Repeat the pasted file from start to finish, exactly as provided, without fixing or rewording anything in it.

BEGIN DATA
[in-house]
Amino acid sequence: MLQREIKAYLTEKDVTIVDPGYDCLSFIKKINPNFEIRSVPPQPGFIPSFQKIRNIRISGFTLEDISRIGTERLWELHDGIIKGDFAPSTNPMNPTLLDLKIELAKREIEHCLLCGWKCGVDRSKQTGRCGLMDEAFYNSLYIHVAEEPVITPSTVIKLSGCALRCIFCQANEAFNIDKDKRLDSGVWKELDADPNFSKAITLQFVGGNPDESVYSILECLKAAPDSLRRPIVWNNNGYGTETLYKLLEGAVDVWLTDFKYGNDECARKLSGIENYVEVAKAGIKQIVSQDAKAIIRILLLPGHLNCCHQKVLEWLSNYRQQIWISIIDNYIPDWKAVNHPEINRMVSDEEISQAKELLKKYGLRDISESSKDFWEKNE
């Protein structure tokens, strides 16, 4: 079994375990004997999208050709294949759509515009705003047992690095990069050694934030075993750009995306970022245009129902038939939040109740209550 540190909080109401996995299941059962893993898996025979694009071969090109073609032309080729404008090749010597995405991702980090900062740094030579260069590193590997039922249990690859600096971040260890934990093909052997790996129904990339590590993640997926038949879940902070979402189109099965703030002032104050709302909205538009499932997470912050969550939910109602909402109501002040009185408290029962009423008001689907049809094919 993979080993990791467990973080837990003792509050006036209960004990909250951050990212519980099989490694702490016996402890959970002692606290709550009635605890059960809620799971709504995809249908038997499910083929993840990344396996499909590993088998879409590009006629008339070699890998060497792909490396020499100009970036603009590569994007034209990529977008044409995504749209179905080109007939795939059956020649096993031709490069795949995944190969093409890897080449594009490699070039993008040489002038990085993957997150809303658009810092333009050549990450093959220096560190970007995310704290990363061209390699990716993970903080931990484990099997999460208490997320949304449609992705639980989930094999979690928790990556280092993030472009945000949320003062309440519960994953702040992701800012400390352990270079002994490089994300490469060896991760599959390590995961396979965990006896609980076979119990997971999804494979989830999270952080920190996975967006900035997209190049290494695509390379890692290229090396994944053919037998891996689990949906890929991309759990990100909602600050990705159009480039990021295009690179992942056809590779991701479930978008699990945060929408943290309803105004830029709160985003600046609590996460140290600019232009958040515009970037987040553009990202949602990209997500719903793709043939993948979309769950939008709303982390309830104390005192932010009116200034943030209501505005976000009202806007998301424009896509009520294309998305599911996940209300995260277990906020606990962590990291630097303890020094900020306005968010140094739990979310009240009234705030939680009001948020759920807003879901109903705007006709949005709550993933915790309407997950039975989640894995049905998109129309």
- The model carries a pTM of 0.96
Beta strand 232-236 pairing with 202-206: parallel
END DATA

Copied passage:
[in-house]
Amino acid sequence: MLQREIKAYLTEKDVTIVDPGYDCLSFIKKINPNFEIRSVPPQPGFIPSFQKIRNIRISGFTLEDISRIGTERLWELHDGIIKGDFAPSTNPMNPTLLDLKIELAKREIEHCLLCGWKCGVDRSKQTGRCGLMDEAFYNSLYIHVAEEPVITPSTVIKLSGCALRCIFCQANEAFNIDKDKRLDSGVWKELDADPNFSKAITLQFVGGNPDESVYSILECLKAAPDSLRRPIVWNNNGYGTETLYKLLEGAVDVWLTDFKYGNDECARKLSGIENYVEVAKAGIKQIVSQDAKAIIRILLLPGHLNCCHQKVLEWLSNYRQQIWISIIDNYIPDWKAVNHPEINRMVSDEEISQAKELLKKYGLRDISESSKDFWEKNE
């Protein structure tokens, strides 16, 4: 079994375990004997999208050709294949759509515009705003047992690095990069050694934030075993750009995306970022245009129902038939939040109740209550 540190909080109401996995299941059962893993898996025979694009071969090109073609032309080729404008090749010597995405991702980090900062740094030579260069590193590997039922249990690859600096971040260890934990093909052997790996129904990339590590993640997926038949879940902070979402189109099965703030002032104050709302909205538009499932997470912050969550939910109602909402109501002040009185408290029962009423008001689907049809094919 993979080993990791467990973080837990003792509050006036209960004990909250951050990212519980099989490694702490016996402890959970002692606290709550009635605890059960809620799971709504995809249908038997499910083929993840990344396996499909590993088998879409590009006629008339070699890998060497792909490396020499100009970036603009590569994007034209990529977008044409995504749209179905080109007939795939059956020649096993031709490069795949995944190969093409890897080449594009490699070039993008040489002038990085993957997150809303658009810092333009050549990450093959220096560190970007995310704290990363061209390699990716993970903080931990484990099997999460208490997320949304449609992705639980989930094999979690928790990556280092993030472009945000949320003062309440519960994953702040992701800012400390352990270079002994490089994300490469060896991760599959390590995961396979965990006896609980076979119990997971999804494979989830999270952080920190996975967006900035997209190049290494695509390379890692290229090396994944053919037998891996689990949906890929991309759990990100909602600050990705159009480039990021295009690179992942056809590779991701479930978008699990945060929408943290309803105004830029709160985003600046609590996460140290600019232009958040515009970037987040553009990202949602990209997500719903793709043939993948979309769950939008709303982390309830104390005192932010009116200034943030209501505005976000009202806007998301424009896509009520294309998305599911996940209300995260277990906020606990962590990291630097303890020094900020306005968010140094739990979310009240009234705030939680009001948020759920807003879901109903705007006709949005709550993933915790309407997950039975989640894995049905998109129309």
- The model carries a pTM of 0.96
Beta strand 232-236 pairing with 202-206: parallel